What are your intentions? Many of the addicts I work with have “wronged” their family and friends. When they painfully share with me that they have asked for forgiveness for their “wrongdoings,” but have not received it, I ask them, “Why do you want them to forgive you?” Most of the time, they want things to “go back to the way they were” before the “wrongdoing.” They also want the person or situation to heal in every direction instantly after being forgiven. For example, they may have stolen from a woman, asked her forgiveness, and expected that after she forgave them, that her parents and friends, who were also involved, would also be salved and healed and the relationship that they had with them would be “returned to normal.”
The winding road to the “wrong-doer’s” recovery
When we seek forgiveness, it is important to remember that the person from whom we seek it has the right to react in any way that he or she chooses. And, if that person does choose to accept us, and “forgive” us for the “wrongdoing,” that does NOT mean that we are exonerated or excused from a possibly long road of showing the “victim” and their families that we are not the same person we were AND that we will NEVER behave that way again. When we, as “wrong-doers,” accept our responsibility for what we have done, it’s best we also accept the responsibility to repair all of the “fallout” from our mistake—for as long as it takes, and with faith that healing will happen, in due time.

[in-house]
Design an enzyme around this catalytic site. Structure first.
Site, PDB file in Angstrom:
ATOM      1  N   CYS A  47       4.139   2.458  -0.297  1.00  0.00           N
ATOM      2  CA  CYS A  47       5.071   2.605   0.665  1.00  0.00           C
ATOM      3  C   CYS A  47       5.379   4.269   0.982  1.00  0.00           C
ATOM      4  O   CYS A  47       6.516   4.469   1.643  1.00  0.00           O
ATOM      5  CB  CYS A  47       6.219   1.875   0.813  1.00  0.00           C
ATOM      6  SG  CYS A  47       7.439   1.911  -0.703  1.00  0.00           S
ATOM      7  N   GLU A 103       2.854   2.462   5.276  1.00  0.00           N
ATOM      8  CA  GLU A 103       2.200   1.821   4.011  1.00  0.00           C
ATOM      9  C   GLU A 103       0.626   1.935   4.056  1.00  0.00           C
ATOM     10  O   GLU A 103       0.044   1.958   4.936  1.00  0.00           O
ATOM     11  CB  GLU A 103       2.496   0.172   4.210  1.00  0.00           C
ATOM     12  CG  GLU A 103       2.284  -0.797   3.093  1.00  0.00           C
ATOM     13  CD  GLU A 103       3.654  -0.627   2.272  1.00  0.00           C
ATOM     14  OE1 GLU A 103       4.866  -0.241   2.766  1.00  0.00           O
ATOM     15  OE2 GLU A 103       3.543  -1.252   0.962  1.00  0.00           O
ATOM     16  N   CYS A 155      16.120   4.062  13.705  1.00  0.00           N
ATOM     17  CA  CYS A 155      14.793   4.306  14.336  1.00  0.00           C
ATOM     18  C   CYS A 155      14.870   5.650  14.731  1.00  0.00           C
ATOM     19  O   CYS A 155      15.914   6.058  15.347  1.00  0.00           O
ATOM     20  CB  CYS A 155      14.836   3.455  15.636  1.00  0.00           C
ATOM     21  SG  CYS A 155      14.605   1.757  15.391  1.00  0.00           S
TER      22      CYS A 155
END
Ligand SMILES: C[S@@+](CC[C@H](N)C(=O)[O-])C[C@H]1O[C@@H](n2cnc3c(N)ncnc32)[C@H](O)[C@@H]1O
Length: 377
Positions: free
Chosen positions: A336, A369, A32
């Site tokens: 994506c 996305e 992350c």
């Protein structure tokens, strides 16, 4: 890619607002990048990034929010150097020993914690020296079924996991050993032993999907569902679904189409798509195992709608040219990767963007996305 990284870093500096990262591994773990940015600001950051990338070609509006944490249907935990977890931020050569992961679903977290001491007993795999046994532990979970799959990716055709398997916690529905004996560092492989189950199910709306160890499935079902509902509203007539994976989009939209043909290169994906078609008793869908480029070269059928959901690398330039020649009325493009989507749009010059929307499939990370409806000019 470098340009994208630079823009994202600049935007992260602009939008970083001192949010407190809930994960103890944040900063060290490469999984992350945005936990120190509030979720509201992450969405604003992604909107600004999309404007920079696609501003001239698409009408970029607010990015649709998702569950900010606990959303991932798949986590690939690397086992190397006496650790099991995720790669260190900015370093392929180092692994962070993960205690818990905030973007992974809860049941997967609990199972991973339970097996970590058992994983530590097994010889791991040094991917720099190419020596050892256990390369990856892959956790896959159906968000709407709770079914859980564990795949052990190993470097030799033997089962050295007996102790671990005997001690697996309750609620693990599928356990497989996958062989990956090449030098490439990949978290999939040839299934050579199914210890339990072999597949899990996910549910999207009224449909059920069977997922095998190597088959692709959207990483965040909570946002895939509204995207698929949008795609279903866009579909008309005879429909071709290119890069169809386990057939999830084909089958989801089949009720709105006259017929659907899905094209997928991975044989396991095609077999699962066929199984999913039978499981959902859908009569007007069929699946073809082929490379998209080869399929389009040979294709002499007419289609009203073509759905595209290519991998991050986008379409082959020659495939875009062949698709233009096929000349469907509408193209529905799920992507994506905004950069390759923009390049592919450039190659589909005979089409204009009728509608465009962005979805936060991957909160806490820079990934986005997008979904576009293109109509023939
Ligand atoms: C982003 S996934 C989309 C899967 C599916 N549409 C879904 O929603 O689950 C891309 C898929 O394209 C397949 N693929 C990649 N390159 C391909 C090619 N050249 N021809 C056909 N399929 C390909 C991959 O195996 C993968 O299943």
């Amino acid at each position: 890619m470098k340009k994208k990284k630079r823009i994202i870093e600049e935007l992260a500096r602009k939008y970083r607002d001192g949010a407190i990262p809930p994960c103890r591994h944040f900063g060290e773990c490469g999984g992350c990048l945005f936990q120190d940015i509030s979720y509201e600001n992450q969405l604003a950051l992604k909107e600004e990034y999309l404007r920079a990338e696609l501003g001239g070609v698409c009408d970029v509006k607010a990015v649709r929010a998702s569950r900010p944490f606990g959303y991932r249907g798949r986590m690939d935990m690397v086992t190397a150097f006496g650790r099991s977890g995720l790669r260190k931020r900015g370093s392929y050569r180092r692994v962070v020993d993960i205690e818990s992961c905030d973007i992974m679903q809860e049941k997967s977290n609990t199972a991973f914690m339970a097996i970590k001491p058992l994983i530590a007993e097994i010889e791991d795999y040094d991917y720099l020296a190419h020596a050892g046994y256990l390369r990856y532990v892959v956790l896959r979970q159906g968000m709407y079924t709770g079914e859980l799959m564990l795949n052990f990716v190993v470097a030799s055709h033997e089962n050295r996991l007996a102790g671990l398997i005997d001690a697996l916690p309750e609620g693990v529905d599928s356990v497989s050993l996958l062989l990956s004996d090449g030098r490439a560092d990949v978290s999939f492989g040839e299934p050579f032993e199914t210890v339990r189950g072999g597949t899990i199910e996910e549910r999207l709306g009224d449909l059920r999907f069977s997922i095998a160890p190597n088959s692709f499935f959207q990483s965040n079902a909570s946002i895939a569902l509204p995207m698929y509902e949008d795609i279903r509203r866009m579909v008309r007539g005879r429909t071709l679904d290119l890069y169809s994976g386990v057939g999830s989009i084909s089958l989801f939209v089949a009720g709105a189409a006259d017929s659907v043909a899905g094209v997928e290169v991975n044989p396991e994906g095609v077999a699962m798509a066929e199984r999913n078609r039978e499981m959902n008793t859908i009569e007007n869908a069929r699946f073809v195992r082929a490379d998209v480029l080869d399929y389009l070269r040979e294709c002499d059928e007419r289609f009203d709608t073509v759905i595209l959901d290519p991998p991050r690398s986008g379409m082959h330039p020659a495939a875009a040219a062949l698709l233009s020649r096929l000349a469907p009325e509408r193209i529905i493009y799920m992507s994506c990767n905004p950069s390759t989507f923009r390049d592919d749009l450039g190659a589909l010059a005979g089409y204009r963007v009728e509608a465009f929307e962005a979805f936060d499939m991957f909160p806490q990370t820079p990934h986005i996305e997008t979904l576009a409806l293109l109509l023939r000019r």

What say ye?
Please share your thoughts and feelings about forgiveness and acceptance by commenting below, so we may learn and grow together!
Always with Love,
Q & A
Q. I hate even the idea of forgiving. Yet I know I should do it.
A. I’m not sure there’s a question here, but I hear your feelings. Listen, it’s OK to not be ready. It’s OK to just read and learn about these things. That can be part of your doing. Your preparation to become ready. My question for you is, “Are you willing to be open to the idea of forgiveness?” If so, even this is a step! Just keep going. You don’t want that toxic soup of hate chemicals to stay in your body for long, it just punishes you and can become an illness or disease.
Q. If I forgive my boyfriend, does that mean I have to take him back?
A. No. Those are two, very different choices: a) forgiveness and b) rebuilding a relationship. Forgiveness is not a do over.